Mangroves of Pakistan – Types, Importance, and Environmental degradation

mangroves in Pakistan are present along Sindh and Balochistan coasts

Introduction

Mangroves: Mangroves are a type of forest that includes shrubs and trees. These types of forests grow along with coastal areas. There are approximately 80 species of mangroves found all around the world. The preferred environment for mangroves includes saline/ brackish water usually near the edge of the river, swamp water, and low oxygen soil.

Mangroves of Pakistan

The coasts of Pakistan have a wide diversity of mangroves mainly located in Balochistan and Sindh.

In Balochistan, the limited mangroves are present along Gawadar Bay, Kalmat hor, Milani Hor.

In Sindh, mangroves are covering an area of 600,000 hectares and present along the delta of the Indus River.

Mangroves in Pakistan are under the control of the Board of Revenue, Qasim Authority, and the Sindh Forest Department.

Types of Mangroves in Pakistan

In Pakistan, there are four types of mangroves, out of which 90% of all the mangroves are composed of Avicennia marina. The four types are listed below.

  1. Avicennia marina – Grey Mangrove – White Mangrove
  2. Rhizophora mucronata – Loot Roop Mangrove – Red Mangrove
  3. Ceriops tagal – Spurred Mangrove
  4. Aegiceras corniculatum – Black Mangrove

Importance of Mangroves

Mangroves hold great importance from ecological, economic, and livelihood points of view.

  • Mangroves act as a natural habitat by providing food to a diverse variety of marine organisms. It should be conserved because sea creatures in Sindh are feed on animal species that live in mangroves. It is a good source of economically important fisheries such as prawns, crabs, and fishes.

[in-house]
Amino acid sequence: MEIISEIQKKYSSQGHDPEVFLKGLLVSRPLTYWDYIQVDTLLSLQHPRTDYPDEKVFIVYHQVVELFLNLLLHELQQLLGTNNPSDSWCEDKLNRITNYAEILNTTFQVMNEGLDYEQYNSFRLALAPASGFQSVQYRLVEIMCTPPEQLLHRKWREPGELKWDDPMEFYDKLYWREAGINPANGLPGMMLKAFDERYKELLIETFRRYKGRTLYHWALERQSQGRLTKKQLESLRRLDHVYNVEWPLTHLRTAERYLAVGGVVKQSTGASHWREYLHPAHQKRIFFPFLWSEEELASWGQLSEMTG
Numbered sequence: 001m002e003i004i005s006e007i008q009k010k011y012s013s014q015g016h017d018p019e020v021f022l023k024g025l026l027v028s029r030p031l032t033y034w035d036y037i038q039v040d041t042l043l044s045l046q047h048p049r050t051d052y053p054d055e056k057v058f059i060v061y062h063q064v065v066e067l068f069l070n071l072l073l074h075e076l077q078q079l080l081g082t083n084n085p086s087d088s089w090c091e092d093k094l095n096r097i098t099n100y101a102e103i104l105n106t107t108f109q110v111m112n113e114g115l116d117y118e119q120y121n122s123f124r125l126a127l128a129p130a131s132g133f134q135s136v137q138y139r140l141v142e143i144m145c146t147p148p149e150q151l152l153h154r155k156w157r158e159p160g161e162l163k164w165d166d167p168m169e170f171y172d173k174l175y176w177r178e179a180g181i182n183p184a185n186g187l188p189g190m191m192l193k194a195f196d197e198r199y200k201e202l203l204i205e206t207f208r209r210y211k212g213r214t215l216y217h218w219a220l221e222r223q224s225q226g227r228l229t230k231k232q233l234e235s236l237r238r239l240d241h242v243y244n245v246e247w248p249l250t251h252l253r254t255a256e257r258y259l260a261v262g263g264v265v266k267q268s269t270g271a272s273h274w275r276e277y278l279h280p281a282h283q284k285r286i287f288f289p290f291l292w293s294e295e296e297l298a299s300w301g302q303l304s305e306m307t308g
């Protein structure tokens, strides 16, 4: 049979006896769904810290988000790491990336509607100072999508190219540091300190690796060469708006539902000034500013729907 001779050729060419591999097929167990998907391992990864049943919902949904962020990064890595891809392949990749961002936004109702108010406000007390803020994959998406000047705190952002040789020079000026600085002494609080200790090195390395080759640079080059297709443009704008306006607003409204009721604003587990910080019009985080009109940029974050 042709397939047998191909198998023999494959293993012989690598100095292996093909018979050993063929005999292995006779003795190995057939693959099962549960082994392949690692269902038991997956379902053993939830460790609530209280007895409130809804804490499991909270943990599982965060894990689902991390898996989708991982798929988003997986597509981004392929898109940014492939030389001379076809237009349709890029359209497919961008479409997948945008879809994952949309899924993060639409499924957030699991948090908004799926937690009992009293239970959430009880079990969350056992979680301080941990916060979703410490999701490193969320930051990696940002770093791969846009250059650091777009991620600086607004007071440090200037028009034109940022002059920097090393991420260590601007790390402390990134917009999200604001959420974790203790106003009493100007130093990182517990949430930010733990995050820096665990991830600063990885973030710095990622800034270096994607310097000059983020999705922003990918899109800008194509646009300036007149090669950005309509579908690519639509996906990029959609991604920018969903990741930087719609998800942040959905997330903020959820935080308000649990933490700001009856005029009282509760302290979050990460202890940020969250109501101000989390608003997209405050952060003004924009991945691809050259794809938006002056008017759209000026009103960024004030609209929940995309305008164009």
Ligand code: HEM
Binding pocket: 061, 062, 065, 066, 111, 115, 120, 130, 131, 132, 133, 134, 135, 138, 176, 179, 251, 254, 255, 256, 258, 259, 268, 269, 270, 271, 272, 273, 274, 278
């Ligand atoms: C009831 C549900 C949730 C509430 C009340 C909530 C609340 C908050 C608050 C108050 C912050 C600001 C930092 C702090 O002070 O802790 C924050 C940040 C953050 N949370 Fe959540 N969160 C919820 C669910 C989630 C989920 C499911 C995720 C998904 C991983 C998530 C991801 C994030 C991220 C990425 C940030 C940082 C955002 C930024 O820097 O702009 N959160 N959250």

• People living nearby areas get animal fodder and woods from mangroves.
  • Mangroves absorb carbon dioxide up to 18% more efficiently than other plant species.
  • It acts as a natural barrier towards floods, sea storms, and land erosions. Sediments get accumulated in mangroves.
  • Mangrove forests provide protection to a natural ecosystem.

Environmental Degradation of Mangroves

The environmental degradation of mangroves in Pakistan has raised environmental concerns. The government of Pakistan is facing backlashes for the announcement of a housing scheme in Bundle Island because this island is famous for dense tamer forests. Besides this, it is being said that the government is aware of the impacts of human-induced climate change and doing efforts to restore mangroves along the coasts of Pakistan.

The common factors that are threatening the mangroves in Pakistan are listed below.

  • Human-induced climate change and global warming are accountable for sea-level rise and this is posing a serious threat to mangroves.
  • Urban sprawl along the coasts of Pakistan has led to shrinking mangroves.
  • Marine biodiversity of mangroves is being destroyed by overfishing ultimately leading to a global fishing crisis.
  • Mangrove swamps of Pakistan are destructed by deforestation. Trees are chopped down for animal fodder and wood.
  • Freshwater diversions induce changes in the water salinity that in return damages the mangroves.
  • Now the major factor that contributes to the environmental degradation of mangroves in Pakistan is human-led environmental pollution such as industrial effluents, fertilizers runoff, pesticides, sewage, oil spills, synthetic compounds, etc.

Conclusion

Mangroves are crucial for the sustenance of a healthy ecosystem. Millions of people all around the world depend on mangroves for their livelihoods. It is home to diverse biodiversity and provides protection to coasts from natural storms. However, the environmental degradation of mangroves by human activities is threatening the survivability of marine biodiversity. Afforestation drives are only helpful if existing mangroves are conserved and preserved from environmental degradation.

Also, check out 12 Beautiful Islands of Pakistan

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